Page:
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CET and HCP guidelines

CET is a well established approach in the treatment of dry skin conditions, specifically eczema, and there is a breadth of evidence and supporting guidelines for CET and emollient use generally.

Continual treatment with Complete Emollient Therapy (combinations of cream, ointment, bath oil and emollient soap substitute) will help provide maximal effect

Guidelines for the management of atopic eczema by Primary Care Dermatology Society and British Association of Dermatologists1

The use of CET is one of the simplest, safest and most effective methods to control atopic eczema and uses emollient cream, ointments, emollient soap substitutes and emollient bath and shower products

Caring for children and young people with atopic eczema by Royal College of Nursing2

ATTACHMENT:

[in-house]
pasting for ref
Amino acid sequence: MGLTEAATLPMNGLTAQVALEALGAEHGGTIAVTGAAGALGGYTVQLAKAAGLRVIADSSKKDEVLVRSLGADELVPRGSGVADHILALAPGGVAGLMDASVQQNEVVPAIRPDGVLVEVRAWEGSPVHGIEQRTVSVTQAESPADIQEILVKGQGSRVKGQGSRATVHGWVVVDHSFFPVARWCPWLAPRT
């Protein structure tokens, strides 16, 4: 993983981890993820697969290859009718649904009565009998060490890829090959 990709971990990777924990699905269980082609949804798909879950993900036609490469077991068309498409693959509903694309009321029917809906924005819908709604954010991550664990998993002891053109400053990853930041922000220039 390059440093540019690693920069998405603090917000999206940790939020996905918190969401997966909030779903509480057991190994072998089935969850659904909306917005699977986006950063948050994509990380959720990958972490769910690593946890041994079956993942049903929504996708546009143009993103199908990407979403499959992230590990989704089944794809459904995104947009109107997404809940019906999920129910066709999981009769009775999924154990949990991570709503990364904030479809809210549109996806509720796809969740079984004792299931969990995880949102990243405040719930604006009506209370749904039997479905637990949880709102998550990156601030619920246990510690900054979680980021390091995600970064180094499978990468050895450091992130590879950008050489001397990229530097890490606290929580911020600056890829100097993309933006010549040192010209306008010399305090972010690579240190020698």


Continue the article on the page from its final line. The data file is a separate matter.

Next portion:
Intensive use of emollients will reduce the need for topical steroids. It should be emphasised to all patients that the quantity and frequency of use of emollients should be far greater than that of other therapies they may be given

Guidelines for the management of atopic eczema by Primary Care Dermatology Society and British Association of Dermatologists1

Flares can usually be controlled with emollient and/or topical steroid treatment. Emollients are the mainstay of treatment for mild flares of atopic eczema. They should be prescribed in generous amounts and frequent and liberal use advised, even when the skin is clear.

National Institute of Clinical Excellence Guidance; Eczema – atopic, Revised March 20133

References for quotes:
1 - http://www.pcds.org.uk/images/stories/pcdsbad-eczema.pdf
2 - https://www.rcn.org.uk/__data/assets/pdf_file/0018/156006/003228.pdf
3 - http://cks.nice.org.uk/eczema-atopic#!topicsummary